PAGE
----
avoice 8 years, 5 months ago

Tanzer, don't you mean "leave the public sector" instead of "leave for the public sector"? If you really have better offers, you should take one of them and make your public sector job available to someone who doesn't have one.

Citizen 8 years, 5 months ago

This is no surprise. They didn't fund steps and COLAs when they did have money. I am just hoping to not get a pay cut or laid off this year.

UfoPilot 8 years, 5 months ago

Get your priorities straight, After all, they have to pay for repainting the capital to the tune of 280 mil...

Thinking_Out_Loud 8 years, 5 months ago

Anyone who actually believed, when this started, that the Legislature would complete it deserves what they get. They haven't been very good about follow-through. Consider:

They've been told consistently what the state's pension plan needs to cover the "unfunded liability," and they've consistently ignored it. They thought it would be neat a few years back to have a presidential primary. When the time came, they refused to fund it and it never happened. They hired a consultant to tell them how much an adequate and equitable educational system would cost. They didn't like the answer, dropped the report in a drawer, and ignored it. They were sued, and told the Supreme Court they would fund education at a lower level. The Supremes accepted the lower level of funding. They've not funded the amount they promised. Apparently, they agreed to bring salaries up to speed, and now are refusing to honor that agreement.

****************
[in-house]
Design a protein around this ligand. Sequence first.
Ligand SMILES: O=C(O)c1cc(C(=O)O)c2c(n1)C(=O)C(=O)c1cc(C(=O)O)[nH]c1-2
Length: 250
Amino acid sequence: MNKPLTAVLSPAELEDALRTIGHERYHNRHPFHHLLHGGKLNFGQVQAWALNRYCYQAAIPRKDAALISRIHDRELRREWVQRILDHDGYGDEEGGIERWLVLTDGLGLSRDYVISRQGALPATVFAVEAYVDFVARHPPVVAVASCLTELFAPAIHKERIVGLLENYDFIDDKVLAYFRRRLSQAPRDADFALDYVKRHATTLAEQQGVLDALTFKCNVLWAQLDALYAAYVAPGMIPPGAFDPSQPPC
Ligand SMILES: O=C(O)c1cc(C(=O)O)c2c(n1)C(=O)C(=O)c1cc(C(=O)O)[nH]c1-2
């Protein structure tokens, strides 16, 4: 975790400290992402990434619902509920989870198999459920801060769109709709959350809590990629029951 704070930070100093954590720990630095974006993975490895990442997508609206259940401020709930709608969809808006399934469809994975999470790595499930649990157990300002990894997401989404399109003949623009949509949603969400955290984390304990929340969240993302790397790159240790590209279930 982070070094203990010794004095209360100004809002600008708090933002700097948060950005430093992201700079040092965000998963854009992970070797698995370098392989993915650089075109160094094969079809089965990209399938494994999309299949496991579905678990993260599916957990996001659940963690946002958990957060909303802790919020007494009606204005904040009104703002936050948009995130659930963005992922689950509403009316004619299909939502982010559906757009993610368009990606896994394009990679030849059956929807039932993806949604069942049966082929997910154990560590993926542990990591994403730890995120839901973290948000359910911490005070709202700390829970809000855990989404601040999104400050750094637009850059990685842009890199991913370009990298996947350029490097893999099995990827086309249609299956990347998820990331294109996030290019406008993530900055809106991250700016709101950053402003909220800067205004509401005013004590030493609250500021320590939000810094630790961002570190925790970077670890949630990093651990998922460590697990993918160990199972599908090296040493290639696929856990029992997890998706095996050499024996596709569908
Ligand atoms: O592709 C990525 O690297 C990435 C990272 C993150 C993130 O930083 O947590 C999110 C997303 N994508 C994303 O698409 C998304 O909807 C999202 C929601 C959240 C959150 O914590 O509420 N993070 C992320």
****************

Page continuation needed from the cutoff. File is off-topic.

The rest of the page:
Tanzer, thanks for what you do. Please don't go earn more in the private sector--I can't afford the increase in taxes it would take to replace you!

It seems to me that the public sector is much less stable this year than the private. I'm glad my wife and I both have stable jobs in stable industries. I don't think I could work in the environment tanzer, farva, and Citizen do. Certainly wouldn't do it if my salary wasn't beating inflation and I weren't getting nice bonuses most years.